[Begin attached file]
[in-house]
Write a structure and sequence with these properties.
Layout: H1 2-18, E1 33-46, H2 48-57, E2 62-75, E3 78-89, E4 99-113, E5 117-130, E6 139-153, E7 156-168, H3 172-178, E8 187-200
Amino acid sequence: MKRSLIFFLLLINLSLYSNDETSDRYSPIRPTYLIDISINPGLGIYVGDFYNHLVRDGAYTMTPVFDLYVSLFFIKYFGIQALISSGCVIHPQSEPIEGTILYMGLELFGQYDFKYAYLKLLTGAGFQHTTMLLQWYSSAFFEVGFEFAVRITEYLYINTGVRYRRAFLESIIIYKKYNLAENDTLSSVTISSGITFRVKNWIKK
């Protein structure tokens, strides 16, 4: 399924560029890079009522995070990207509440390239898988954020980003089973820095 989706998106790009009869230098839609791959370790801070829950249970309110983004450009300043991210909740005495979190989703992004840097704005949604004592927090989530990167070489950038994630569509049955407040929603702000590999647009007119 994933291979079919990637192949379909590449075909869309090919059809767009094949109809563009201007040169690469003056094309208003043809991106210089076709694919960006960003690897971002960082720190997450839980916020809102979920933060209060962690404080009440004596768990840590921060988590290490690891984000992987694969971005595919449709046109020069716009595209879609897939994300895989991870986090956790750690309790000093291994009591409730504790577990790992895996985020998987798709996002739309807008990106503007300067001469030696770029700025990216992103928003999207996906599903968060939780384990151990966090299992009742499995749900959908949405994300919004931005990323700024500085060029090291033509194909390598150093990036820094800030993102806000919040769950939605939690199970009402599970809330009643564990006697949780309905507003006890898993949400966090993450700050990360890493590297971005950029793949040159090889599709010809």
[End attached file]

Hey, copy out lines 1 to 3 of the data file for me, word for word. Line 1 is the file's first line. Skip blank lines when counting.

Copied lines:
[in-house]
Write a structure and sequence with these properties.
Layout: H1 2-18, E1 33-46, H2 48-57, E2 62-75, E3 78-89, E4 99-113, E5 117-130, E6 139-153, E7 156-168, H3 172-178, E8 187-200